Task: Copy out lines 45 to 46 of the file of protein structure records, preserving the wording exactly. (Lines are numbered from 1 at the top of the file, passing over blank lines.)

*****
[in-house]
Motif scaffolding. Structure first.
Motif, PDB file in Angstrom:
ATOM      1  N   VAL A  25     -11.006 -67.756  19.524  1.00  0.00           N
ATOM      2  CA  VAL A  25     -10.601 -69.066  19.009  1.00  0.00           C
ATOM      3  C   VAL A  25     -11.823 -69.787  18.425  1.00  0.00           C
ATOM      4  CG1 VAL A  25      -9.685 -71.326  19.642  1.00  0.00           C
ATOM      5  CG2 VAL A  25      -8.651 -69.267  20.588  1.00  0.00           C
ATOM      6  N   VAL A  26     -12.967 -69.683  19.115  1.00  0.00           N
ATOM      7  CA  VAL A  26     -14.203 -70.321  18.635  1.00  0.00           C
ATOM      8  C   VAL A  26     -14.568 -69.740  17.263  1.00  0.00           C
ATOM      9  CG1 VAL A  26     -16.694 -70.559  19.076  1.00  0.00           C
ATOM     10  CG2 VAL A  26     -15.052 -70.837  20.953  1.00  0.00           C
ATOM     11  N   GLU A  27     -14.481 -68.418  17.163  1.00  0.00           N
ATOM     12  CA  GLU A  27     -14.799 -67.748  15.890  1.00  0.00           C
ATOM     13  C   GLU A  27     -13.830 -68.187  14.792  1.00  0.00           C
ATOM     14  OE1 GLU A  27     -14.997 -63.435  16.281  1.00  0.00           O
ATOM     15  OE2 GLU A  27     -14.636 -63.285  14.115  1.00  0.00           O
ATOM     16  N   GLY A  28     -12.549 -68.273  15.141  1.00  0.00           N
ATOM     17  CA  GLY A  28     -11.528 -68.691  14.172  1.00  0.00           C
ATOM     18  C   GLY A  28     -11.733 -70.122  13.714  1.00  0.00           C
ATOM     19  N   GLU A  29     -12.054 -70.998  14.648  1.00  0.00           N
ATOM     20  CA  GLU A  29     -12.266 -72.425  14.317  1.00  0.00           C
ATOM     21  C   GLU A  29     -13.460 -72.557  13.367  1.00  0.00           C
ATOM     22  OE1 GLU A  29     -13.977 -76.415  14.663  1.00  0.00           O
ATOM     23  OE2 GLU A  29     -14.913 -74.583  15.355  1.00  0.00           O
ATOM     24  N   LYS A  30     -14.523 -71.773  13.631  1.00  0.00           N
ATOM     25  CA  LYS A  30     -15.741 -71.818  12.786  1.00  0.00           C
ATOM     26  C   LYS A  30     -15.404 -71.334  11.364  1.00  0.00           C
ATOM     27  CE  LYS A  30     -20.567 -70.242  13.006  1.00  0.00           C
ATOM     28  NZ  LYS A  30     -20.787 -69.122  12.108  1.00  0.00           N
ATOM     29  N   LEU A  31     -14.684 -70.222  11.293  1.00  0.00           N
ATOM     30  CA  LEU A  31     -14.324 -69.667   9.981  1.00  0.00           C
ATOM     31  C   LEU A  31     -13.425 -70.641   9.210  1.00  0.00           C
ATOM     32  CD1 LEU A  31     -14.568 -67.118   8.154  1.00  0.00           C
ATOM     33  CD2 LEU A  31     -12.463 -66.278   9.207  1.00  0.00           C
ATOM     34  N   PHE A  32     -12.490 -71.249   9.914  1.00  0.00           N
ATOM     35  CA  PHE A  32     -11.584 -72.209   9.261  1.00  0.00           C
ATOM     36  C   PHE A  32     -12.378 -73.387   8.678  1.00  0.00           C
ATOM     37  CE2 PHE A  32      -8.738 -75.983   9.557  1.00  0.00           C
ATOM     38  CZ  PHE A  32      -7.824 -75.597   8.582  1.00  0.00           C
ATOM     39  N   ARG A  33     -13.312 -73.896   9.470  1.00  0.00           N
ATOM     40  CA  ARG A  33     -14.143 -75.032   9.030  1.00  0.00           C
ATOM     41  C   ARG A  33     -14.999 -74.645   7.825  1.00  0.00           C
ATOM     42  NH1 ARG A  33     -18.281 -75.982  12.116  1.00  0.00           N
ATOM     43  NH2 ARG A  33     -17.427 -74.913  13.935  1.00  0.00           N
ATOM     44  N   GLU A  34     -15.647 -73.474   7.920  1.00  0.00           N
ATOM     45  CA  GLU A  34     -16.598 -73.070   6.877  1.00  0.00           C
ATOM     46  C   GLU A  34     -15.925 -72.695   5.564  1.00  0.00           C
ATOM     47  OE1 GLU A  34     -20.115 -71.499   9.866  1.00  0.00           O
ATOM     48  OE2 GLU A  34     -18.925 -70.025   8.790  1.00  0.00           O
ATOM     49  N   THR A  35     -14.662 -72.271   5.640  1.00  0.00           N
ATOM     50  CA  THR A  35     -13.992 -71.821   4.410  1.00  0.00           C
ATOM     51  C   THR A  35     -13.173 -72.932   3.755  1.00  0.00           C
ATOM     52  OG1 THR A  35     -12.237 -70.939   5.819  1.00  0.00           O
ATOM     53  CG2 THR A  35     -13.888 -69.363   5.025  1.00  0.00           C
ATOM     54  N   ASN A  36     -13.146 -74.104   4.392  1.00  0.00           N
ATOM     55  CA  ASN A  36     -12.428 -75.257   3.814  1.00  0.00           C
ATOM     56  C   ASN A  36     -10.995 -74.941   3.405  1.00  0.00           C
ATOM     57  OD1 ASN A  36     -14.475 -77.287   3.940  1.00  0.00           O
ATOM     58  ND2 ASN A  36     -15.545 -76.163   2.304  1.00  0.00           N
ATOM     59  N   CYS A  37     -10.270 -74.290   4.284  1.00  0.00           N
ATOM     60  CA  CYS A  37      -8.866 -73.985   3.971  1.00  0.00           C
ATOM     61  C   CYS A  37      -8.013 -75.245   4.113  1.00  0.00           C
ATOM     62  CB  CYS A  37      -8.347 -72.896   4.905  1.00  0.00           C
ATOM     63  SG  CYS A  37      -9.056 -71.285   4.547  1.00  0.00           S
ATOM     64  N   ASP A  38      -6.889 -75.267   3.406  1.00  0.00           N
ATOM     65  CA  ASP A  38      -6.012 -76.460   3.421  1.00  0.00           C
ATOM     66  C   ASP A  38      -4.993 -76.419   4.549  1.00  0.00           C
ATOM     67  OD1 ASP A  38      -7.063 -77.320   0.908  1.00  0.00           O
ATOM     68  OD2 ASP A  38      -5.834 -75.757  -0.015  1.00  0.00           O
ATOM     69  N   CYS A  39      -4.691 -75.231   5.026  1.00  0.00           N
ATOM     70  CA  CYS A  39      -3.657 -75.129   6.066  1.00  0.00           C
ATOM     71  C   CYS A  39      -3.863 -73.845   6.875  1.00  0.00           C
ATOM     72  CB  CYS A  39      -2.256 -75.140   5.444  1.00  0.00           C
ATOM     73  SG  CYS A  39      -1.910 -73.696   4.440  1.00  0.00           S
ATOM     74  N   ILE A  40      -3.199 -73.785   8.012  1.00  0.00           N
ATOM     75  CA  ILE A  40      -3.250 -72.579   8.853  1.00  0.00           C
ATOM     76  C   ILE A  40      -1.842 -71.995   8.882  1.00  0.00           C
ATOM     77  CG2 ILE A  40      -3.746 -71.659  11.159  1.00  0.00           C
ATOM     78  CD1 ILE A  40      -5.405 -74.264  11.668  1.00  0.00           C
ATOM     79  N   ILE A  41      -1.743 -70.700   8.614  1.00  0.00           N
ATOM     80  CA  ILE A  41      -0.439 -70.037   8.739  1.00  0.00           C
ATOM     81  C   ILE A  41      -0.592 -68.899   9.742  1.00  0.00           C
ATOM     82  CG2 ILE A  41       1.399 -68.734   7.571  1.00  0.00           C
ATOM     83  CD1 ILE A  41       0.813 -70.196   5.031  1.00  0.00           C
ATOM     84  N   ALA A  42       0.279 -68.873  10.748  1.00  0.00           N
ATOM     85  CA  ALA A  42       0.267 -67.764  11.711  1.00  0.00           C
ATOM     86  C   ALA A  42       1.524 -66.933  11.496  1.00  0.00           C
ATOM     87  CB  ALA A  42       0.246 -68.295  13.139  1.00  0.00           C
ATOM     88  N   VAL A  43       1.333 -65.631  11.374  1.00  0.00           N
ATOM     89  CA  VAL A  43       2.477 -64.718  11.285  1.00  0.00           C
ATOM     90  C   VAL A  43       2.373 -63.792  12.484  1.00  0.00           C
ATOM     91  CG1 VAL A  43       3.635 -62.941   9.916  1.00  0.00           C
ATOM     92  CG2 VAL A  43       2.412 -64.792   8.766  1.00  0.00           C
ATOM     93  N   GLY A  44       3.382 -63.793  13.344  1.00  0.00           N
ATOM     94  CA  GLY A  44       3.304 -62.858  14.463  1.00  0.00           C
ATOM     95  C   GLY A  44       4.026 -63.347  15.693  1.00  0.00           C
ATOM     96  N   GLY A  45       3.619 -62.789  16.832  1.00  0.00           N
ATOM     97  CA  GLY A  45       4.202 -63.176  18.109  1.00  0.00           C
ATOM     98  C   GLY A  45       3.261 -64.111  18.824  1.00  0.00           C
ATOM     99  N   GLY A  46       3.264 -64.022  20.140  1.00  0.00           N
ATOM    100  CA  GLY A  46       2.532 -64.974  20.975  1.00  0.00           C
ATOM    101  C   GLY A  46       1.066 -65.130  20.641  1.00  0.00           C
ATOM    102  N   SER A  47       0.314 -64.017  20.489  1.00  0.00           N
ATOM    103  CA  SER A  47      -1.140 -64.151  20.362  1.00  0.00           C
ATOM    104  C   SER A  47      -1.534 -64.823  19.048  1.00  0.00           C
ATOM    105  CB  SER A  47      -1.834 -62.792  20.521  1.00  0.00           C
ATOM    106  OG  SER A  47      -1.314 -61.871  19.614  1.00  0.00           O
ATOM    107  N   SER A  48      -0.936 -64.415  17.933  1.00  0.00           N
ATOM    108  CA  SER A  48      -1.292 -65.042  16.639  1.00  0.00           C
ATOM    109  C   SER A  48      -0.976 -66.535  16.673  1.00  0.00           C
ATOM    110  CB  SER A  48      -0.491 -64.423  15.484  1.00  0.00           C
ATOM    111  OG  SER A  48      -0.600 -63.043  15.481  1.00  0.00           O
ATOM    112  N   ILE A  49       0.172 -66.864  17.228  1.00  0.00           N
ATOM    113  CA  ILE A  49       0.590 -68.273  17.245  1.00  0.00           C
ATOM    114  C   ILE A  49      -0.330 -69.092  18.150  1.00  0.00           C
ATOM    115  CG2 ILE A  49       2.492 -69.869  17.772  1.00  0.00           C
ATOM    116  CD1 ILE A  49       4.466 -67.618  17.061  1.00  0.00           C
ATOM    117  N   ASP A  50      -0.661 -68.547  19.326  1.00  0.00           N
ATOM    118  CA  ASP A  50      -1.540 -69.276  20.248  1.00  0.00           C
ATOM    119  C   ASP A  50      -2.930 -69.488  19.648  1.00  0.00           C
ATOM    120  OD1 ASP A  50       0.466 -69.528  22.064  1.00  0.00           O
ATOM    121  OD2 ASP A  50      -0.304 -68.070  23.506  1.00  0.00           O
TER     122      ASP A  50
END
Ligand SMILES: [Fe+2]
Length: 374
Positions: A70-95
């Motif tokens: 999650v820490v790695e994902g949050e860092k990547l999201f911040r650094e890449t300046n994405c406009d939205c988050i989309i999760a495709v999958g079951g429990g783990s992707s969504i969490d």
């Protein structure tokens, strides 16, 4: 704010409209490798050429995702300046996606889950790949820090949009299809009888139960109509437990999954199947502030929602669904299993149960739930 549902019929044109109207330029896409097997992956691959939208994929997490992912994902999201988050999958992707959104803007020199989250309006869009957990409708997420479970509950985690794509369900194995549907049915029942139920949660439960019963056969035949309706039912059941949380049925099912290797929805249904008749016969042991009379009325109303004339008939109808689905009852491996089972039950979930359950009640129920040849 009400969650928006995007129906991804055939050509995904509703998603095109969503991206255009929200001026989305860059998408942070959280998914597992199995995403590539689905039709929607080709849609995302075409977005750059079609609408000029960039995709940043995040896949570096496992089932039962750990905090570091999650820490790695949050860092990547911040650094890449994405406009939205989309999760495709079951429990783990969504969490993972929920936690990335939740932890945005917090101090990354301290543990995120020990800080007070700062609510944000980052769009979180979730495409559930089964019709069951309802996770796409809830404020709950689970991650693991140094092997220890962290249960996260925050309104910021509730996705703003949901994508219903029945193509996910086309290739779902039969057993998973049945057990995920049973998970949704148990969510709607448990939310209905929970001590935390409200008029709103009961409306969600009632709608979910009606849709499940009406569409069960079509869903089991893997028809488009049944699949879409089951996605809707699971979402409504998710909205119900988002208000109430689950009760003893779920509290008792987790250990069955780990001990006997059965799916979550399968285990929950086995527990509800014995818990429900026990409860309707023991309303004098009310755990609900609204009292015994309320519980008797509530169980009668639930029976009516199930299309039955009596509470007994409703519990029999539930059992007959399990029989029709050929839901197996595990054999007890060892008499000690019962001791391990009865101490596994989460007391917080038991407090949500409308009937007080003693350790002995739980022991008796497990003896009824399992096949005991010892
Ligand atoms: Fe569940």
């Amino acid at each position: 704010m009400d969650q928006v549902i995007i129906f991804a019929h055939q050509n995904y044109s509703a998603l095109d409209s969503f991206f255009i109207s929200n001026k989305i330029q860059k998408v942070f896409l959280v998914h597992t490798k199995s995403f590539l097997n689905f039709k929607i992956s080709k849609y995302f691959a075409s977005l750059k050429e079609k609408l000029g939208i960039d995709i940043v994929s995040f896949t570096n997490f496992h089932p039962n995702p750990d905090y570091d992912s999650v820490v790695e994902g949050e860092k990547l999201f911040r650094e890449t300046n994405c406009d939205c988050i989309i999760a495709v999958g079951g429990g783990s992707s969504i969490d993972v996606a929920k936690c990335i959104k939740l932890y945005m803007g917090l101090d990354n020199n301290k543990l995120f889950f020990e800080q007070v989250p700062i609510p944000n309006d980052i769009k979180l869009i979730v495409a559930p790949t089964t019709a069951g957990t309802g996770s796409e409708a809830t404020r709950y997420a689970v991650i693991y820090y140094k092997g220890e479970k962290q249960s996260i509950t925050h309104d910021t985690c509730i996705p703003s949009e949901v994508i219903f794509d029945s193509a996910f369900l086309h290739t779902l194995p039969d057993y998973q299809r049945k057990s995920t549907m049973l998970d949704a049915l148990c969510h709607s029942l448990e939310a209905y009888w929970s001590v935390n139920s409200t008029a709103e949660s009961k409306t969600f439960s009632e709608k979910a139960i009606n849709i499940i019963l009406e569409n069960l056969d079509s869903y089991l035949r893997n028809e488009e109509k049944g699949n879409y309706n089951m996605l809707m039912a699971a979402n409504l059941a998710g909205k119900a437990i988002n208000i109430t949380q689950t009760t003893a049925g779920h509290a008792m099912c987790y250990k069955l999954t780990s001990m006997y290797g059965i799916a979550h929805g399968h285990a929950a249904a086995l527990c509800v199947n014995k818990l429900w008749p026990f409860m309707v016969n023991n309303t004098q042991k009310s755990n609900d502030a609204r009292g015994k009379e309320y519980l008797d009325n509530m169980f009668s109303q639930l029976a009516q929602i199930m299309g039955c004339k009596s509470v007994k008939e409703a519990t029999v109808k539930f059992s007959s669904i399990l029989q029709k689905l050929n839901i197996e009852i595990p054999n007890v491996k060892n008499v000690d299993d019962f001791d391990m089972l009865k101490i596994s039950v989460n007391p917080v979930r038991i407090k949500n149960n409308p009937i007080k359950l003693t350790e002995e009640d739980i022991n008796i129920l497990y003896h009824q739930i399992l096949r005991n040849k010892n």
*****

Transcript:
ATOM     42  NH1 ARG A  33     -18.281 -75.982  12.116  1.00  0.00           N
ATOM     43  NH2 ARG A  33     -17.427 -74.913  13.935  1.00  0.00           N